A spay is a surgical procedure performed by a veterinarian that removes the ovaries and uterus from a female animal. It eliminates the possibility of ovarian and uterine infection and cancer and can also reduce the risk of mammary gland tumors later in life. Spaying your pet reduces the likelihood of an unwanted litter and ultimately leads to the reduction of pet overpopulation and euthanasia.
The Benefits of Spaying Your Female Dog
Getting your pet spayed prevents you from dealing with the mess and stress of heat. For dogs, this means you won’t have to deal with your pet bleeding.
Spaying also reduces the chance of your female dog getting breast (mammary gland) cancer, especially if your dog is spayed before its first heat cycle. In unspayed female dogs, mammary gland tumors are among the most common forms of cancer.
Having a spayed pet also eliminates the chance of your dog’s uterus becoming infected with a condition called a Pyometra. Pyometra is a life-threatening infection and requires emergency surgery.
The Benefits of Spaying Your Female Cat
Fixing your cat prevents your cat from going into heat, saving you from hearing the constant meowing and demands for your time and attention. Just like with dogs, spaying your cat reduces their getting breast (mammary gland) cancer, especially if your cat is spayed before their first heat cycle. In unspayed female cats, mammary gland tumors are less common than in dogs, but 85% are cancerous and deadly.
What to Expect the Day of Your Surgery
On the day of surgery, you will drop your pet at one of the clinic locations at 7:30 am. You will be asked to complete a surgical release before you are checked in. Once your paperwork is complete and you have checked in at the desk your pet will be admitted. Pick up is that afternoon. You will pay when you check out and receive post-op instructions and medication.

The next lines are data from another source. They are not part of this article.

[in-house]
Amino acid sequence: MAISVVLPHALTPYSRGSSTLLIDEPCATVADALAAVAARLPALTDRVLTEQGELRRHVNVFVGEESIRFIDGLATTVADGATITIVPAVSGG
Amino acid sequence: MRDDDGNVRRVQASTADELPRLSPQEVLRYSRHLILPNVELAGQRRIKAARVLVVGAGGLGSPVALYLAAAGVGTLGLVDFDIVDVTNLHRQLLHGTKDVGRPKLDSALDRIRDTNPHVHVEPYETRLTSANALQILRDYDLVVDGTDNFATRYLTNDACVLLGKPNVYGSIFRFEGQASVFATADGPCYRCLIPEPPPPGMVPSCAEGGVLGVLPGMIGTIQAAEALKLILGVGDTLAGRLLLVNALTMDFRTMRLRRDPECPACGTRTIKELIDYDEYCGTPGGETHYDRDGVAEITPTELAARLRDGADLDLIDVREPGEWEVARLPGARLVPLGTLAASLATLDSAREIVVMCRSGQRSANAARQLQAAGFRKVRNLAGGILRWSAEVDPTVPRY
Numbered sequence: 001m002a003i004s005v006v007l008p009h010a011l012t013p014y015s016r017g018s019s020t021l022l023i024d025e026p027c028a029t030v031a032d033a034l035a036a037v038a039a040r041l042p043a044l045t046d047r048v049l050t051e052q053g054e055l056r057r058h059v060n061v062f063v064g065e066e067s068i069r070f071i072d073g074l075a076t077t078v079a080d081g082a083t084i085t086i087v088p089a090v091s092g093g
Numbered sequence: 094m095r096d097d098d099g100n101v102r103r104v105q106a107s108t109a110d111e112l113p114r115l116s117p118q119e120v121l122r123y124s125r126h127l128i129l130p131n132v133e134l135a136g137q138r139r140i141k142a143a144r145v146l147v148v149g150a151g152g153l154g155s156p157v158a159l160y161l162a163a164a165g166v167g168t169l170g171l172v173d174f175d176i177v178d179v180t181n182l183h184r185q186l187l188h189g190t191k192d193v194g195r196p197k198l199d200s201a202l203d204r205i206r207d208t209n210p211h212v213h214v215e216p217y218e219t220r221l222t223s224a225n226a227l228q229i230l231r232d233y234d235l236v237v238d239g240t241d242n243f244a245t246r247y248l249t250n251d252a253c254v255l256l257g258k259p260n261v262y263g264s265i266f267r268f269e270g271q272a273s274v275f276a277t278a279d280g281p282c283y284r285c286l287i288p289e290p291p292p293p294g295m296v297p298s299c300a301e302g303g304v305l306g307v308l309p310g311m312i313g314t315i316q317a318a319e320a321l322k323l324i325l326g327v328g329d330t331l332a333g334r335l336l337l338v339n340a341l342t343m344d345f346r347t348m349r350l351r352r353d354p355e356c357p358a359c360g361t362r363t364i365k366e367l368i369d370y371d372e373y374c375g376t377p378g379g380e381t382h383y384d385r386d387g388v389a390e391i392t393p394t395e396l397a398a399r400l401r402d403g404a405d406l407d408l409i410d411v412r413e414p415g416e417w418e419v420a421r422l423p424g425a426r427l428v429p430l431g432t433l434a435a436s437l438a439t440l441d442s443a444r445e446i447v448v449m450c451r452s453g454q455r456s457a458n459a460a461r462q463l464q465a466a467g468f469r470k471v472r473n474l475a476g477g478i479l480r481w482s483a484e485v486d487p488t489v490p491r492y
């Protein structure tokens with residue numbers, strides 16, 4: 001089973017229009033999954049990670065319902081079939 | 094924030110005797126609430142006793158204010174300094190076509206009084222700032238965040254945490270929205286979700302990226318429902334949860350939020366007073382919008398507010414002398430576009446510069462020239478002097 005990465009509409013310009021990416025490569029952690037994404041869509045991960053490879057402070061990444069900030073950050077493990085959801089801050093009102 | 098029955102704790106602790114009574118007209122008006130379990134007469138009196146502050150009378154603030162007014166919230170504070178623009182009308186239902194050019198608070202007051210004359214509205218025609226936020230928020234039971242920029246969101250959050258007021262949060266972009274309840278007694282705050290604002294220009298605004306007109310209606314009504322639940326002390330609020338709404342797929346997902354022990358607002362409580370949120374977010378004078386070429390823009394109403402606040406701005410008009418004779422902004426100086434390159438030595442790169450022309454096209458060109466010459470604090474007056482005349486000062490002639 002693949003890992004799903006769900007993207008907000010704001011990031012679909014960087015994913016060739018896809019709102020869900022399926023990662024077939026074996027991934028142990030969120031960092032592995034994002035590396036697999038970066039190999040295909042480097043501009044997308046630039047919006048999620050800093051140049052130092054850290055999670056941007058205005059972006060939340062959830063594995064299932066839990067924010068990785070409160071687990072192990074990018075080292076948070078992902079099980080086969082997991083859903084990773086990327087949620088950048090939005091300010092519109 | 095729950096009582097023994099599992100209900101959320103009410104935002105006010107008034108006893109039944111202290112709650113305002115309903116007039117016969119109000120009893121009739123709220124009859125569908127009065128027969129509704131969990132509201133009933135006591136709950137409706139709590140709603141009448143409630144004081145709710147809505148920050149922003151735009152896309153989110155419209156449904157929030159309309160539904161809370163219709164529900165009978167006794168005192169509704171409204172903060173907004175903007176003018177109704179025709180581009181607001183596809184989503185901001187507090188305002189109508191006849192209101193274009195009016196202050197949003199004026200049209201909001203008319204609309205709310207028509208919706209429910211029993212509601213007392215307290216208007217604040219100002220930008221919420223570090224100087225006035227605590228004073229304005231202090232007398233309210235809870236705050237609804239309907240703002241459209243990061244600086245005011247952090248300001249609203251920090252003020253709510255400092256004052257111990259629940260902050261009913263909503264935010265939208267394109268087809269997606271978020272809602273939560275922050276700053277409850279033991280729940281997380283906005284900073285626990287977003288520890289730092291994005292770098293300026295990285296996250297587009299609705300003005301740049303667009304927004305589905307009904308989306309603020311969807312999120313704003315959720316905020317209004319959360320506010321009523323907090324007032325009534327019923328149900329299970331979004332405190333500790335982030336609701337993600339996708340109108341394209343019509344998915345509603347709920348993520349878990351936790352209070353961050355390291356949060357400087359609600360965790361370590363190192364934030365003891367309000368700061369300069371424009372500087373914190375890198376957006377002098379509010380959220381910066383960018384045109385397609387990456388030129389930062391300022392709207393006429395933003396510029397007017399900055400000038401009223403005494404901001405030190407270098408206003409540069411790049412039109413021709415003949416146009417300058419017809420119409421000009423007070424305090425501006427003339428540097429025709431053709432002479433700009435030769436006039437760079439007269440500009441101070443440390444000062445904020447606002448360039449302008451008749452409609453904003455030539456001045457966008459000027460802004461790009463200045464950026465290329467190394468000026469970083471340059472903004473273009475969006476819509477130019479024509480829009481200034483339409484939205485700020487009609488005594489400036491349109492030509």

Dogs will be sent home with post-op medication, their visit records, and contact information in case you require assistance after your pet's surgery. Cats receive a long-acting pain medication during surgery that lasts for several days so they do not need at-home pain medication administered post-op.
You can see the full list of our services and pricing here and you will be told about any specials we are offering when you are scheduled. Pricing for dogs is between $65 and $150. Cats are generally between $20 and $50. If your dog is over 40 pounds there is an additional $15 charge, if your pet is over 84 pounds, there is an additional $30 charge.
Let Us Help Answer Your Questions
Does a licensed veterinarian perform the surgeries?
Yes. We have full-time veterinarians on staff, all licensed in the state of North Carolina, and all with special advanced training in spay neuter. North Carolina state law mandates that any person performing surgery on an animal be a licensed veterinarian by the North Carolina State Veterinary Board. You can view our veterinarians' credentials on the Doctors page.
What forms of payment do you accept?
We accept all forms of payment, EXCEPT checks and Care Credit.
Can I walk in with my animal for a surgery?
No. All appointments need to be scheduled in advance. Click/tap here to request an appointment.
What are your drop off and pick up times?
Drop off time:
7:30 am for dogs, 8 am for cats.
Pick up time:
Dogs – 3 pm on the same day of surgery. Cats – Cat pickup is the same day as drop off at 3 pm.
Can you give my cat/dog vaccinations while he/she is there?
Yes. We offer vaccinations and testing to our surgery patients at a reduced price on the day of your pet's scheduled surgery.
Do you administer pain medication to my pet?
Yes. Pain medicine is given during the surgery.
Dogs: Receive an injection of an anti-inflammatory medication post-op that will last for 24 hours. Another anti-inflammatory and pain medication, Carprofen, is in your discharge packet. You should start this medication (which is labeled and cut up in the correct dosage) the morning after surgery. Male dogs should have three days of this medication, and female dogs should have five days of this medication. Additional pain medication may be sent home with animals that had a more complicated surgery.
Cats: Receive a long-acting pain reliever injection called Buprenorphine SR (sustained-release). No additional pain medicine is required as this injection will provide pain relief for three days.
Can you microchip my pet?
For a $30 fee, we can microchip on surgery days or when we provide low-cost medical services. The company that provides our microchips is called Save This Life.
This chip has technology that allows the person who finds your lost pet to “Google” the number on the chip. This search attempt sends you, the pet owner, a text or email with a map of where the lost animal has been found. The $30 fee is also good for the lifetime of your pet. (There are no additional fees for changing your contact information.)
Do you perform surgeries on community cats?
Yes. Please see this page for community cat policies and procedures.